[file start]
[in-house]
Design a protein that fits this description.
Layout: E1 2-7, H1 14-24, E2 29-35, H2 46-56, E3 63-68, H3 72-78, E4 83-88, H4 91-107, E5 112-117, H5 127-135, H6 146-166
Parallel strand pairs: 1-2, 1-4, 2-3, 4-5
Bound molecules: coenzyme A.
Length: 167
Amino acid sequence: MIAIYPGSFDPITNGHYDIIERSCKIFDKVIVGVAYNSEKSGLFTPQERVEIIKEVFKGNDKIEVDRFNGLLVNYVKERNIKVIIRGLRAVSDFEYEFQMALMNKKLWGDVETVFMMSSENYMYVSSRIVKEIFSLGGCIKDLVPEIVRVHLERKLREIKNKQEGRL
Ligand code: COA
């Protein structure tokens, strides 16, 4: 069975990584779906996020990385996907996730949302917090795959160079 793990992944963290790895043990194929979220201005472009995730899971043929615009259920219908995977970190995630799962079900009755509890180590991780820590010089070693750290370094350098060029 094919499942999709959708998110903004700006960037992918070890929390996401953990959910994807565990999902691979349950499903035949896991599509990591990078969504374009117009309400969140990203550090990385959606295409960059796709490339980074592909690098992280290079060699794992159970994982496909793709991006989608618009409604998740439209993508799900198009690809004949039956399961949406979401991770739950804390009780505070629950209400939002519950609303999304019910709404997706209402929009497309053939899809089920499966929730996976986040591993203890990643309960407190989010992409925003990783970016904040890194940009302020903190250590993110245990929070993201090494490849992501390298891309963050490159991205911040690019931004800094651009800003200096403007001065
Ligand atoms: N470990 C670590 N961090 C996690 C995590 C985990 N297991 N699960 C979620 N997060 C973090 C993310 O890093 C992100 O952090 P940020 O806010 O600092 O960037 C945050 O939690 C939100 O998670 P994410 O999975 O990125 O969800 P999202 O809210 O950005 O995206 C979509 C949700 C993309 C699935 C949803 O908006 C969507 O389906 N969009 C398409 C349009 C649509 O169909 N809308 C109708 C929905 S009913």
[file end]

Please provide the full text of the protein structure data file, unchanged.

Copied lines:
[in-house]
Design a protein that fits this description.
Layout: E1 2-7, H1 14-24, E2 29-35, H2 46-56, E3 63-68, H3 72-78, E4 83-88, H4 91-107, E5 112-117, H5 127-135, H6 146-166
Parallel strand pairs: 1-2, 1-4, 2-3, 4-5
Bound molecules: coenzyme A.
Length: 167
Amino acid sequence: MIAIYPGSFDPITNGHYDIIERSCKIFDKVIVGVAYNSEKSGLFTPQERVEIIKEVFKGNDKIEVDRFNGLLVNYVKERNIKVIIRGLRAVSDFEYEFQMALMNKKLWGDVETVFMMSSENYMYVSSRIVKEIFSLGGCIKDLVPEIVRVHLERKLREIKNKQEGRL
Ligand code: COA
């Protein structure tokens, strides 16, 4: 069975990584779906996020990385996907996730949302917090795959160079 793990992944963290790895043990194929979220201005472009995730899971043929615009259920219908995977970190995630799962079900009755509890180590991780820590010089070693750290370094350098060029 094919499942999709959708998110903004700006960037992918070890929390996401953990959910994807565990999902691979349950499903035949896991599509990591990078969504374009117009309400969140990203550090990385959606295409960059796709490339980074592909690098992280290079060699794992159970994982496909793709991006989608618009409604998740439209993508799900198009690809004949039956399961949406979401991770739950804390009780505070629950209400939002519950609303999304019910709404997706209402929009497309053939899809089920499966929730996976986040591993203890990643309960407190989010992409925003990783970016904040890194940009302020903190250590993110245990929070993201090494490849992501390298891309963050490159991205911040690019931004800094651009800003200096403007001065
Ligand atoms: N470990 C670590 N961090 C996690 C995590 C985990 N297991 N699960 C979620 N997060 C973090 C993310 O890093 C992100 O952090 P940020 O806010 O600092 O960037 C945050 O939690 C939100 O998670 P994410 O999975 O990125 O969800 P999202 O809210 O950005 O995206 C979509 C949700 C993309 C699935 C949803 O908006 C969507 O389906 N969009 C398409 C349009 C649509 O169909 N809308 C109708 C929905 S009913």